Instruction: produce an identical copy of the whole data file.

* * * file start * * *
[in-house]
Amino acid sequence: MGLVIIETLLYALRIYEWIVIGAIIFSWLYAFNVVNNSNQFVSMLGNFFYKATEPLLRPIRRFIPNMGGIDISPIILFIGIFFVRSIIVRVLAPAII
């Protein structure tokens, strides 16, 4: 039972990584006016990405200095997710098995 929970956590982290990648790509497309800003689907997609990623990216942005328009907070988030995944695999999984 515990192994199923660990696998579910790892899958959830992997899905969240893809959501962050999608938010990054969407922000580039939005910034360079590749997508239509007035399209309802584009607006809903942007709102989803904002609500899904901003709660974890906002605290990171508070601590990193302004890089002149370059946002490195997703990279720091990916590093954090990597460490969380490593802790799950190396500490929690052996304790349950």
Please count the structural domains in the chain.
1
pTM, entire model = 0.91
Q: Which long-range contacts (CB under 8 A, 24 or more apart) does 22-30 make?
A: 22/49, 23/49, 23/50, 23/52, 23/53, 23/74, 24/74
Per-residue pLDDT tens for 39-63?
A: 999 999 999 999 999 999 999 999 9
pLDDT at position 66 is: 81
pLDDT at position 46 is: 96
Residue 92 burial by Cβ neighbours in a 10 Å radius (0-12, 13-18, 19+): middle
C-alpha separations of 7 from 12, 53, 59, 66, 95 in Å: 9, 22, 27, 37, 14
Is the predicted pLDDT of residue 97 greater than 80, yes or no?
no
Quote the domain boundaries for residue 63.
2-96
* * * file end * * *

[in-house]
Amino acid sequence: MGLVIIETLLYALRIYEWIVIGAIIFSWLYAFNVVNNSNQFVSMLGNFFYKATEPLLRPIRRFIPNMGGIDISPIILFIGIFFVRSIIVRVLAPAII
């Protein structure tokens, strides 16, 4: 039972990584006016990405200095997710098995 929970956590982290990648790509497309800003689907997609990623990216942005328009907070988030995944695999999984 515990192994199923660990696998579910790892899958959830992997899905969240893809959501962050999608938010990054969407922000580039939005910034360079590749997508239509007035399209309802584009607006809903942007709102989803904002609500899904901003709660974890906002605290990171508070601590990193302004890089002149370059946002490195997703990279720091990916590093954090990597460490969380490593802790799950190396500490929690052996304790349950």
Please count the structural domains in the chain.
1
pTM, entire model = 0.91
Q: Which long-range contacts (CB under 8 A, 24 or more apart) does 22-30 make?
A: 22/49, 23/49, 23/50, 23/52, 23/53, 23/74, 24/74
Per-residue pLDDT tens for 39-63?
A: 999 999 999 999 999 999 999 999 9
pLDDT at position 66 is: 81
pLDDT at position 46 is: 96
Residue 92 burial by Cβ neighbours in a 10 Å radius (0-12, 13-18, 19+): middle
C-alpha separations of 7 from 12, 53, 59, 66, 95 in Å: 9, 22, 27, 37, 14
Is the predicted pLDDT of residue 97 greater than 80, yes or no?
no
Quote the domain boundaries for residue 63.
2-96